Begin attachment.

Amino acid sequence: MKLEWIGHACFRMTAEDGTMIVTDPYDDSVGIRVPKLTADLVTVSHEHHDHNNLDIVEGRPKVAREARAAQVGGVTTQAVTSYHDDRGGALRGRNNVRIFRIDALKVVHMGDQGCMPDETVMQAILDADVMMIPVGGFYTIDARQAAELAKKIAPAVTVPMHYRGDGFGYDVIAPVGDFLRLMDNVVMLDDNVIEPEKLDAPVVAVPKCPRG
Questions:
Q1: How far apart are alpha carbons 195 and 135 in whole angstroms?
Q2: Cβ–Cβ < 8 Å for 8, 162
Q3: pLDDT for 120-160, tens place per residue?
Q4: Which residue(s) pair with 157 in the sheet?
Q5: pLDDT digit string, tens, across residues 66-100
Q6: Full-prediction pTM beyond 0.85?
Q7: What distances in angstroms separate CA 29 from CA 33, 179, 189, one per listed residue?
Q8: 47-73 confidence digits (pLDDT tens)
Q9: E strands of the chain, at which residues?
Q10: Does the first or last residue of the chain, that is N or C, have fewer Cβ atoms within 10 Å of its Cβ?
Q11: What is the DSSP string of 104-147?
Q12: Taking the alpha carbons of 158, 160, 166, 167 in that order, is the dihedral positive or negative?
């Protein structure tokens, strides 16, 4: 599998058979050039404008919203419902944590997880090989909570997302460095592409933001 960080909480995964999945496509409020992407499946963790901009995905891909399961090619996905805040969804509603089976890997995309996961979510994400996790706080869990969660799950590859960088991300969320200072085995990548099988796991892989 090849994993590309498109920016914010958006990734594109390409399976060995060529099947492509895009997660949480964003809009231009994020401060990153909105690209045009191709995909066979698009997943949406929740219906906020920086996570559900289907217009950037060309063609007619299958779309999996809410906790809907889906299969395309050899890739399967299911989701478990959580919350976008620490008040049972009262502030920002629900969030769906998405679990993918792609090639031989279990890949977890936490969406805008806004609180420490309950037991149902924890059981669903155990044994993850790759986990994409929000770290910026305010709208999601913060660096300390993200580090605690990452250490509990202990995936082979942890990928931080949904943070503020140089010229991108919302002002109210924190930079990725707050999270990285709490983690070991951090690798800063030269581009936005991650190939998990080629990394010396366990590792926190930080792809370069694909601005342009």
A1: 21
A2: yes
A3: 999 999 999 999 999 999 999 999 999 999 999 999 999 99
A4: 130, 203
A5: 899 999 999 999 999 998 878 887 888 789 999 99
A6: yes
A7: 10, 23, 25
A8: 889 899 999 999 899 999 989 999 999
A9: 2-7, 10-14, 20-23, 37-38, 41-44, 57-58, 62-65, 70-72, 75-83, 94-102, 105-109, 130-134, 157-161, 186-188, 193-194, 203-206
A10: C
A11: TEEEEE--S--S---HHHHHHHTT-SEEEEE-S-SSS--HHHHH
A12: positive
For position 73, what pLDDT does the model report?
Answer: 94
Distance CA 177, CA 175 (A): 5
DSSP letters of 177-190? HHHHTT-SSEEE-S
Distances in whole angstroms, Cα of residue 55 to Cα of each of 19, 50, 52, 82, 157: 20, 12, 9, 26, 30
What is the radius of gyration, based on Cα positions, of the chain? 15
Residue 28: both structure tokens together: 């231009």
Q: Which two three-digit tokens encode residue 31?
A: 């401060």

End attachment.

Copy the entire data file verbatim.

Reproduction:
Amino acid sequence: MKLEWIGHACFRMTAEDGTMIVTDPYDDSVGIRVPKLTADLVTVSHEHHDHNNLDIVEGRPKVAREARAAQVGGVTTQAVTSYHDDRGGALRGRNNVRIFRIDALKVVHMGDQGCMPDETVMQAILDADVMMIPVGGFYTIDARQAAELAKKIAPAVTVPMHYRGDGFGYDVIAPVGDFLRLMDNVVMLDDNVIEPEKLDAPVVAVPKCPRG
Questions:
Q1: How far apart are alpha carbons 195 and 135 in whole angstroms?
Q2: Cβ–Cβ < 8 Å for 8, 162
Q3: pLDDT for 120-160, tens place per residue?
Q4: Which residue(s) pair with 157 in the sheet?
Q5: pLDDT digit string, tens, across residues 66-100
Q6: Full-prediction pTM beyond 0.85?
Q7: What distances in angstroms separate CA 29 from CA 33, 179, 189, one per listed residue?
Q8: 47-73 confidence digits (pLDDT tens)
Q9: E strands of the chain, at which residues?
Q10: Does the first or last residue of the chain, that is N or C, have fewer Cβ atoms within 10 Å of its Cβ?
Q11: What is the DSSP string of 104-147?
Q12: Taking the alpha carbons of 158, 160, 166, 167 in that order, is the dihedral positive or negative?
């Protein structure tokens, strides 16, 4: 599998058979050039404008919203419902944590997880090989909570997302460095592409933001 960080909480995964999945496509409020992407499946963790901009995905891909399961090619996905805040969804509603089976890997995309996961979510994400996790706080869990969660799950590859960088991300969320200072085995990548099988796991892989 090849994993590309498109920016914010958006990734594109390409399976060995060529099947492509895009997660949480964003809009231009994020401060990153909105690209045009191709995909066979698009997943949406929740219906906020920086996570559900289907217009950037060309063609007619299958779309999996809410906790809907889906299969395309050899890739399967299911989701478990959580919350976008620490008040049972009262502030920002629900969030769906998405679990993918792609090639031989279990890949977890936490969406805008806004609180420490309950037991149902924890059981669903155990044994993850790759986990994409929000770290910026305010709208999601913060660096300390993200580090605690990452250490509990202990995936082979942890990928931080949904943070503020140089010229991108919302002002109210924190930079990725707050999270990285709490983690070991951090690798800063030269581009936005991650190939998990080629990394010396366990590792926190930080792809370069694909601005342009």
A1: 21
A2: yes
A3: 999 999 999 999 999 999 999 999 999 999 999 999 999 99
A4: 130, 203
A5: 899 999 999 999 999 998 878 887 888 789 999 99
A6: yes
A7: 10, 23, 25
A8: 889 899 999 999 899 999 989 999 999
A9: 2-7, 10-14, 20-23, 37-38, 41-44, 57-58, 62-65, 70-72, 75-83, 94-102, 105-109, 130-134, 157-161, 186-188, 193-194, 203-206
A10: C
A11: TEEEEE--S--S---HHHHHHHTT-SEEEEE-S-SSS--HHHHH
A12: positive
For position 73, what pLDDT does the model report?
Answer: 94
Distance CA 177, CA 175 (A): 5
DSSP letters of 177-190? HHHHTT-SSEEE-S
Distances in whole angstroms, Cα of residue 55 to Cα of each of 19, 50, 52, 82, 157: 20, 12, 9, 26, 30
What is the radius of gyration, based on Cα positions, of the chain? 15
Residue 28: both structure tokens together: 């231009």
Q: Which two three-digit tokens encode residue 31?
A: 């401060």